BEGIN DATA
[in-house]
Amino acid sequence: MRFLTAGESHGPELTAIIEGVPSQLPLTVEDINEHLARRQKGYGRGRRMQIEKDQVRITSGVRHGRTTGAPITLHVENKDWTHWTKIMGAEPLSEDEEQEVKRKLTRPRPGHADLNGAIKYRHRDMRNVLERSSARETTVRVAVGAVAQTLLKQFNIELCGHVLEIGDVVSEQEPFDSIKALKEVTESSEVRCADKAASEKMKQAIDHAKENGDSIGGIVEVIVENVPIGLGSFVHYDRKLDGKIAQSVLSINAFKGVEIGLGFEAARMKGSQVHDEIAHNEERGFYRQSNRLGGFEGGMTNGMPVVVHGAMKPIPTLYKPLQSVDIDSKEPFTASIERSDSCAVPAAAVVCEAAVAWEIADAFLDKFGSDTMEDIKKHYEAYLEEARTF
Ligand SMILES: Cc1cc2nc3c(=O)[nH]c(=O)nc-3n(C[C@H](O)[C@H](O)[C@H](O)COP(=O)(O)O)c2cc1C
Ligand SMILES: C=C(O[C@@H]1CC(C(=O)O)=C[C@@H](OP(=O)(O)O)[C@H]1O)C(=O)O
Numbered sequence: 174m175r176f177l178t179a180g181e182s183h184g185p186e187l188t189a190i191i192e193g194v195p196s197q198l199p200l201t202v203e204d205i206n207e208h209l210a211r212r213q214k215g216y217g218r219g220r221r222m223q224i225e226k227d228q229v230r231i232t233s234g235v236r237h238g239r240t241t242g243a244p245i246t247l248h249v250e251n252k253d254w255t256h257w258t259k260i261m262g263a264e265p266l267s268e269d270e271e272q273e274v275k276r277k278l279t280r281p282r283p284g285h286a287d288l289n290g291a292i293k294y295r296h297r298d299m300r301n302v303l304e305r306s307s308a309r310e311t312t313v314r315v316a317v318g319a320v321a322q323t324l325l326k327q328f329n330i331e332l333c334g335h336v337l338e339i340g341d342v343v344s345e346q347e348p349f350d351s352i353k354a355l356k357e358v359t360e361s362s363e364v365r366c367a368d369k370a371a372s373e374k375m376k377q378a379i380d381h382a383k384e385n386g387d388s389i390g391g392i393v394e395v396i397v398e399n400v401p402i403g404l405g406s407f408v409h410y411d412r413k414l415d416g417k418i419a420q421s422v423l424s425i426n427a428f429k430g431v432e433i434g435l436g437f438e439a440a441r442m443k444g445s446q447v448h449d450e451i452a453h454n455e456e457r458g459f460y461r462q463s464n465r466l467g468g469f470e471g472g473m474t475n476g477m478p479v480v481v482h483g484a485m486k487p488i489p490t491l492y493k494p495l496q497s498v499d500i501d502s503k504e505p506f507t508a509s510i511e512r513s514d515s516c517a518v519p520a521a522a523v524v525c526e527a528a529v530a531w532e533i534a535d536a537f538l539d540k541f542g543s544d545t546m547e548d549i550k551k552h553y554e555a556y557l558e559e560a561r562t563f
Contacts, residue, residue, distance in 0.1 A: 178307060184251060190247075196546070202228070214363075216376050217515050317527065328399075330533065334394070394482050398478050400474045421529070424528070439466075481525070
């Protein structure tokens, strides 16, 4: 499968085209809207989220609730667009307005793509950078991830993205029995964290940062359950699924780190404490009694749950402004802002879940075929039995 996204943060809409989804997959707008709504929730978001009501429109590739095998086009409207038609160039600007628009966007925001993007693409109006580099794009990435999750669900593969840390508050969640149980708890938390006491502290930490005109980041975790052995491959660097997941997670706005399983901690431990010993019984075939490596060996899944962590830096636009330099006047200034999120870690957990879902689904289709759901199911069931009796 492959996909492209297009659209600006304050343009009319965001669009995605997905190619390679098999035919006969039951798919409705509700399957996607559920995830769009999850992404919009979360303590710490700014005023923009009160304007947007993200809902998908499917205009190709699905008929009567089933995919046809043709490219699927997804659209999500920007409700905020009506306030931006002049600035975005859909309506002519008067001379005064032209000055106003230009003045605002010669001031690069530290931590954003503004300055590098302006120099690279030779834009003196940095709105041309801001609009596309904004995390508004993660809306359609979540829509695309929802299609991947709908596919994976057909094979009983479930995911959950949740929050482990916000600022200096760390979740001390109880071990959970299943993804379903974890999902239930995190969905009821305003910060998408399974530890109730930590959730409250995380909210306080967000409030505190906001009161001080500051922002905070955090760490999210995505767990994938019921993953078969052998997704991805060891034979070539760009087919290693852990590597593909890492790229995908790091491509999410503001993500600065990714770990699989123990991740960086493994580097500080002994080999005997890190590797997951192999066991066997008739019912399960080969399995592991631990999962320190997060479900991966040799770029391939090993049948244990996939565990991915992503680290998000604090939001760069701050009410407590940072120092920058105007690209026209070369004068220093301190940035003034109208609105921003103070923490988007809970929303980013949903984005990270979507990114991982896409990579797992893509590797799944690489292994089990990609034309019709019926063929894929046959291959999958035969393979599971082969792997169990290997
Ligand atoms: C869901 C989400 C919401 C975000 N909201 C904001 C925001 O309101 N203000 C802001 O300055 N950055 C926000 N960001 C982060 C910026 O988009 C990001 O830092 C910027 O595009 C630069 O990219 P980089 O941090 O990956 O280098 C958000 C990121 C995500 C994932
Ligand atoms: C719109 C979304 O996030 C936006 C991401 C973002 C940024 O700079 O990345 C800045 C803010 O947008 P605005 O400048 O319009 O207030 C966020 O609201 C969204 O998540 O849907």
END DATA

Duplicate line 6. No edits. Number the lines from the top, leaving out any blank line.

Contacts, residue, residue, distance in 0.1 A: 178307060184251060190247075196546070202228070214363075216376050217515050317527065328399075330533065334394070394482050398478050400474045421529070424528070439466075481525070